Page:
• Sticking with the elbow theme for a minute, the news continues to not be good for the A's Justin Duchscherer. Already a health risk for this season after offseason surgery on his ailing hip for the second year in a row, Duchscherer had to shut down his long-toss session Saturday due to recurring pain in his elbow. He received a cortisone shot and won't be ready for the start of the season. There are also rumblings that he could wind up being moved to the bullpen to protect his health a little better. This situation creates another opportunity in the A's rotation, and the club is seriously taking a look at prized prospects Brett Anderson (four scoreless innings Sunday) and Trevor Cahill quicker than expected because of it. Another prospect, Vin Mazzaro, is also making his case this spring. Do not overlook Anderson, especially, in AL-only drafts.

• Finally, some good elbow news, as Ervin Santana has begun his throwing program after experiencing tightness, but will still miss a good portion of April as he gets back into his routine and gets stretched out. Still, it's a good sign that we'll be able to get 25 starts of Santana's fantasy goodness.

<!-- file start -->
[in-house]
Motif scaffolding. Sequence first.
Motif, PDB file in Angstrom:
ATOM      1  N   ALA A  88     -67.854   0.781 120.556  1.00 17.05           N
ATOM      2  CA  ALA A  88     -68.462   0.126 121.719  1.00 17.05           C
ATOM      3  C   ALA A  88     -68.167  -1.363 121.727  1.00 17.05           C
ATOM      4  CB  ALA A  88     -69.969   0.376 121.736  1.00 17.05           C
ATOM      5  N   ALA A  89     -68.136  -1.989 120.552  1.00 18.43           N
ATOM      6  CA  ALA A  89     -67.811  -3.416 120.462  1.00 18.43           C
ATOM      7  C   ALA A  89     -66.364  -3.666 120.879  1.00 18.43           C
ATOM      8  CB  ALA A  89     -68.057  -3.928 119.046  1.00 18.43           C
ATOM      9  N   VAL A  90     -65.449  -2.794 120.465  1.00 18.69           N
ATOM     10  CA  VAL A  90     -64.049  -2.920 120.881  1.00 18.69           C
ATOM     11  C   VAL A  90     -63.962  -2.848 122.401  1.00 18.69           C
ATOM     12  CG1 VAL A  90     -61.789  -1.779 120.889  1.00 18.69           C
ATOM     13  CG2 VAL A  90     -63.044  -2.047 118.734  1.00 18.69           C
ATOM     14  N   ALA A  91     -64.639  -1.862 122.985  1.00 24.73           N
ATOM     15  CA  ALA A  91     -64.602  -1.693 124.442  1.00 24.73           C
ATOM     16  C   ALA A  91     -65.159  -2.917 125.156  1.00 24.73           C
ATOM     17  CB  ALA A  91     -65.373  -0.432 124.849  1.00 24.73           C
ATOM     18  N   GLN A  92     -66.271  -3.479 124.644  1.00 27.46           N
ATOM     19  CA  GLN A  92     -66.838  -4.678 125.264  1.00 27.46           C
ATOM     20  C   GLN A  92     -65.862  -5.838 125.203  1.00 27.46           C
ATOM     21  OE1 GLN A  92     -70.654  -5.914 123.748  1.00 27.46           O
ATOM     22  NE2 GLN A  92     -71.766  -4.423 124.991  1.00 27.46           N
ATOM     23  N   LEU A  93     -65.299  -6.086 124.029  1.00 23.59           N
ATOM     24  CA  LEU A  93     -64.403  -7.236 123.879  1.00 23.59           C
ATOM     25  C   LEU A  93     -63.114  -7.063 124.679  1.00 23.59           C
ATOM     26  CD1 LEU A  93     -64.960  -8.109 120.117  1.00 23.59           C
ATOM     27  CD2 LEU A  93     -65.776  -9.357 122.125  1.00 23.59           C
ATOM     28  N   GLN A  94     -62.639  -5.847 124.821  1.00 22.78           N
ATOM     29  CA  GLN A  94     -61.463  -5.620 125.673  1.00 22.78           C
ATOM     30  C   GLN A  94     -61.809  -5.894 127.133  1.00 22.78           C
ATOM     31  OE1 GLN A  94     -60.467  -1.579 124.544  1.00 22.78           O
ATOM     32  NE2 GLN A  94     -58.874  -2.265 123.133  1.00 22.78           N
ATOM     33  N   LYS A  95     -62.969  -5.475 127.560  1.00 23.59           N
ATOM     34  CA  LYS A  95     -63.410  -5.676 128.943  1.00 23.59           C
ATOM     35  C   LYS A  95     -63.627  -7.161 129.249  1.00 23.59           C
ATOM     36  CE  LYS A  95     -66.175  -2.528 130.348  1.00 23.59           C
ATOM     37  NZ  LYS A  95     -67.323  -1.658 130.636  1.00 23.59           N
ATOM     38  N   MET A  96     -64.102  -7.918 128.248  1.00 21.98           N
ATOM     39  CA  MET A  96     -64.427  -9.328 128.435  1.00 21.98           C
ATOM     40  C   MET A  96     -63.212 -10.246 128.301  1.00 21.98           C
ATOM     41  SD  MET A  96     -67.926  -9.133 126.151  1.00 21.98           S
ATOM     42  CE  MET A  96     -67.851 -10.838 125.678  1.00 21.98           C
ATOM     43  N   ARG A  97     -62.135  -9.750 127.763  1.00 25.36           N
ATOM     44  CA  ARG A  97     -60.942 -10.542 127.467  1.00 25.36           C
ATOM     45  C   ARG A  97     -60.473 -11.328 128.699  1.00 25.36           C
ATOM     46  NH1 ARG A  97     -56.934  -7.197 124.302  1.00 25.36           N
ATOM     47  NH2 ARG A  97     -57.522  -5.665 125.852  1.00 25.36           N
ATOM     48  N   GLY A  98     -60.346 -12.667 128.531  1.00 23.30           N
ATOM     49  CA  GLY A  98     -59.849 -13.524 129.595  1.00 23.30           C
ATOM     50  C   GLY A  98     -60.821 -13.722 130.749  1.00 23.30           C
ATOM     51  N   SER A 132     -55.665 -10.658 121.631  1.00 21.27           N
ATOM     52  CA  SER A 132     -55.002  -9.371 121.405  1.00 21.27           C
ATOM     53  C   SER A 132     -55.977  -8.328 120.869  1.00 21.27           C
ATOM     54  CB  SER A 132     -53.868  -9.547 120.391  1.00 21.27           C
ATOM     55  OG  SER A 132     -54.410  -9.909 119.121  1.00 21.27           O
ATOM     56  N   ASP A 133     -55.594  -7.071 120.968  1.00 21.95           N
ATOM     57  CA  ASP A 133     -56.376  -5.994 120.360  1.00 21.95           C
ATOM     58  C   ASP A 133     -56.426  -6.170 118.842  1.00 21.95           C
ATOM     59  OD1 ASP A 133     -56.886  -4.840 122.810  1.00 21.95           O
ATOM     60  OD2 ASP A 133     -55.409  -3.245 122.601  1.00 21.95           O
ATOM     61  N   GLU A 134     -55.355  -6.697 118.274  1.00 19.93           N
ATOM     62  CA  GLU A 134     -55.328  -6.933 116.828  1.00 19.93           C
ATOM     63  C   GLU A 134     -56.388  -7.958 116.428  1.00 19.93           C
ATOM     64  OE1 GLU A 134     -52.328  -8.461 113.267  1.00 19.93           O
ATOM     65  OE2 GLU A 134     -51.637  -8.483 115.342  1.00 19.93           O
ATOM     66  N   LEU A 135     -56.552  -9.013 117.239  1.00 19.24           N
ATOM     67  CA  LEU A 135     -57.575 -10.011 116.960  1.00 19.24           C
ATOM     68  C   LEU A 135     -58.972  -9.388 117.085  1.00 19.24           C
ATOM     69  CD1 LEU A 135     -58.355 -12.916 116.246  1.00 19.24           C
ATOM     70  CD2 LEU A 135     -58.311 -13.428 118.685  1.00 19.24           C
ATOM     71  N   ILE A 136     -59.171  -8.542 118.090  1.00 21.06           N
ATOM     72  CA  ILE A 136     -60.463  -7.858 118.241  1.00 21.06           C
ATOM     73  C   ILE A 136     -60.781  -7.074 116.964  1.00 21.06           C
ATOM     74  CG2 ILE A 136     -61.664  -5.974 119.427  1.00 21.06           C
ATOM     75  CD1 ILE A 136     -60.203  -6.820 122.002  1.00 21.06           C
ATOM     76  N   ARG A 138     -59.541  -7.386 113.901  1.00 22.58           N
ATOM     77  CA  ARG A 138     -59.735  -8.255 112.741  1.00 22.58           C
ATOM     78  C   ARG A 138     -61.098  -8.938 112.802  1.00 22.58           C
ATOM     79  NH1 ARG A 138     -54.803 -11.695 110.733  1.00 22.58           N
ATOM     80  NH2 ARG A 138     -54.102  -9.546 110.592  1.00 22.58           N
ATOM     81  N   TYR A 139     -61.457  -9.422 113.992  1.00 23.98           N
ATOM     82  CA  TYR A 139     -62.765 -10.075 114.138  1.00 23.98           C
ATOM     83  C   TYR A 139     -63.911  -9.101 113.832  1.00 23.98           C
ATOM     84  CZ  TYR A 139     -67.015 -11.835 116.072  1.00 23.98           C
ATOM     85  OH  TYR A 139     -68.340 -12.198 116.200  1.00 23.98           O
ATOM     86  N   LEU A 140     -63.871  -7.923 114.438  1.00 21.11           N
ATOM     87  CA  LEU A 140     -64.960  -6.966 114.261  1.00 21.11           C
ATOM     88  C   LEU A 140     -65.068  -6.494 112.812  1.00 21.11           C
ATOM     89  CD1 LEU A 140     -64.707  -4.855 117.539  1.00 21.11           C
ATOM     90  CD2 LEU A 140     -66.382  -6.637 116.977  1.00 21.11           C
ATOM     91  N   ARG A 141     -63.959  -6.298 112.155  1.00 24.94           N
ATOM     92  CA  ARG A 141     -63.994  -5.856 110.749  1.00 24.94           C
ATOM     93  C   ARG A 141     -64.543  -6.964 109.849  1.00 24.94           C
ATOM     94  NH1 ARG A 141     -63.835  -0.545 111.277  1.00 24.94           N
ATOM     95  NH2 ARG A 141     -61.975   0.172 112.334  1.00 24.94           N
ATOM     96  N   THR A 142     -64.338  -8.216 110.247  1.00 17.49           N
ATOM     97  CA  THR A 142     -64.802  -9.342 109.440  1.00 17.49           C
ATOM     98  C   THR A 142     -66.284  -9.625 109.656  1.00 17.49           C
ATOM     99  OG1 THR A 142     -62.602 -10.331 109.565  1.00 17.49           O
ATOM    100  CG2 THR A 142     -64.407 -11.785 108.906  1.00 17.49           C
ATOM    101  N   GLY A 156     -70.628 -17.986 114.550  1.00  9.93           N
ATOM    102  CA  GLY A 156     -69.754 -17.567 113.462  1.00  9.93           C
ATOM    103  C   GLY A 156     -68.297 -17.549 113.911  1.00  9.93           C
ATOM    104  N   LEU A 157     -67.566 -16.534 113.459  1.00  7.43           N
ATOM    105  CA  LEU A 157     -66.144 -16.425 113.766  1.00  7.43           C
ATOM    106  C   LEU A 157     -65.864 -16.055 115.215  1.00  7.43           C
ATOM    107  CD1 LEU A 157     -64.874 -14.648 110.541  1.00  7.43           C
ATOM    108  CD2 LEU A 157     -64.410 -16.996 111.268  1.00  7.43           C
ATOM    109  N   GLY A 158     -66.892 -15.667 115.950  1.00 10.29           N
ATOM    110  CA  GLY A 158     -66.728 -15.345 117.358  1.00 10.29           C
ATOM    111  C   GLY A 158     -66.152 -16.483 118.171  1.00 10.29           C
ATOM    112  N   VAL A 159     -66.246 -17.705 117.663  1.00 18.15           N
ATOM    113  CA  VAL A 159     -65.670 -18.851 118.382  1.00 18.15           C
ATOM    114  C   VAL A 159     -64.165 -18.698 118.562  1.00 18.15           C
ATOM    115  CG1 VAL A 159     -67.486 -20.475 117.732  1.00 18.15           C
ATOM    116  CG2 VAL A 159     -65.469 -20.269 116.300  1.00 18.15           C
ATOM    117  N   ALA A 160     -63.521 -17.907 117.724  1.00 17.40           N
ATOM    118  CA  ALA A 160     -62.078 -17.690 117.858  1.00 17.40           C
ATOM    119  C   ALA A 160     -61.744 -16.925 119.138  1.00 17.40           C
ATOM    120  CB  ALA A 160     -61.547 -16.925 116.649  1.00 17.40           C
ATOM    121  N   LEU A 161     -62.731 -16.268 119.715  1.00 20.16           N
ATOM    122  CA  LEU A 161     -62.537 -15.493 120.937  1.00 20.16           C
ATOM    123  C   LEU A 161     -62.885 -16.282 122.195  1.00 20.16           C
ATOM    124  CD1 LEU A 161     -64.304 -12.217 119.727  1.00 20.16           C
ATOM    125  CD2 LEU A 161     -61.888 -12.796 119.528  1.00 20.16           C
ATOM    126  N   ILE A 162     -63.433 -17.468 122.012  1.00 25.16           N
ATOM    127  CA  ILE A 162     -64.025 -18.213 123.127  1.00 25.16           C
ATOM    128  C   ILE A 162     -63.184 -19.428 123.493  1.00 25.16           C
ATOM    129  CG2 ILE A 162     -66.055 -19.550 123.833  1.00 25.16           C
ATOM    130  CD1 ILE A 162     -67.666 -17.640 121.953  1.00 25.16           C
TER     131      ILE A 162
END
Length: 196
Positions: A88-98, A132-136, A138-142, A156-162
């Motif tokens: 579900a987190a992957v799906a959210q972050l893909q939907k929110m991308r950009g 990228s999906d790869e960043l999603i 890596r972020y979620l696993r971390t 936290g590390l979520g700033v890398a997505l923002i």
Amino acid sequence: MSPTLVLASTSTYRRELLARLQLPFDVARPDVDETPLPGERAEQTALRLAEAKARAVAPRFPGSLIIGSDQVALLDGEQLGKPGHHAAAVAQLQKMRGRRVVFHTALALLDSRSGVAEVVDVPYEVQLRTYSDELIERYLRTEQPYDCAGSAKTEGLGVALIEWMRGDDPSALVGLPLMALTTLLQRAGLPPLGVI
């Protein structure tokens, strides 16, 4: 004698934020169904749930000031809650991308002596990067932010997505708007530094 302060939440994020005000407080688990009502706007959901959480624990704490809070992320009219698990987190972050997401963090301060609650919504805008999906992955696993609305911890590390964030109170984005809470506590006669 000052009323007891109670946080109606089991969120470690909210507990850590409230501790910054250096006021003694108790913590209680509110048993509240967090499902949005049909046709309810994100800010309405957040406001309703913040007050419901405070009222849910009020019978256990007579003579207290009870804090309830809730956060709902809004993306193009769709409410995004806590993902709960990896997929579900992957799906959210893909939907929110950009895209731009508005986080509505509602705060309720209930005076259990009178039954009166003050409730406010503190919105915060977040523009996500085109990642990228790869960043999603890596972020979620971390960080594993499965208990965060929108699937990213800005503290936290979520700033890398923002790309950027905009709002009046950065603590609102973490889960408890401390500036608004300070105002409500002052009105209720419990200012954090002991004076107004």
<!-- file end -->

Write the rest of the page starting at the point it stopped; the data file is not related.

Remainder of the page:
• Unlike Pedroia, Braves third baseman Chipper Jones really is dealing with a strained oblique muscle, and though he was able to play Saturday against Puerto Rico in the WBC, he felt it grab while taking some swings Sunday. Asked if he thought he would be ready for Opening Day, Jones said: "I hope so as long as we take care of it now and don't come back too soon and have this linger. This is one of those things that can linger, especially for a switch hitter."

• Two more players left Sunday's WBC game for the U.S. Ryan Braun departed in the eighth inning with what was termed a "sore right side," but told the team Web site after the game he was "fine. It's precautionary more than anything else. Just tightened up on me a little bit." Yet another bullet dodged, it seems.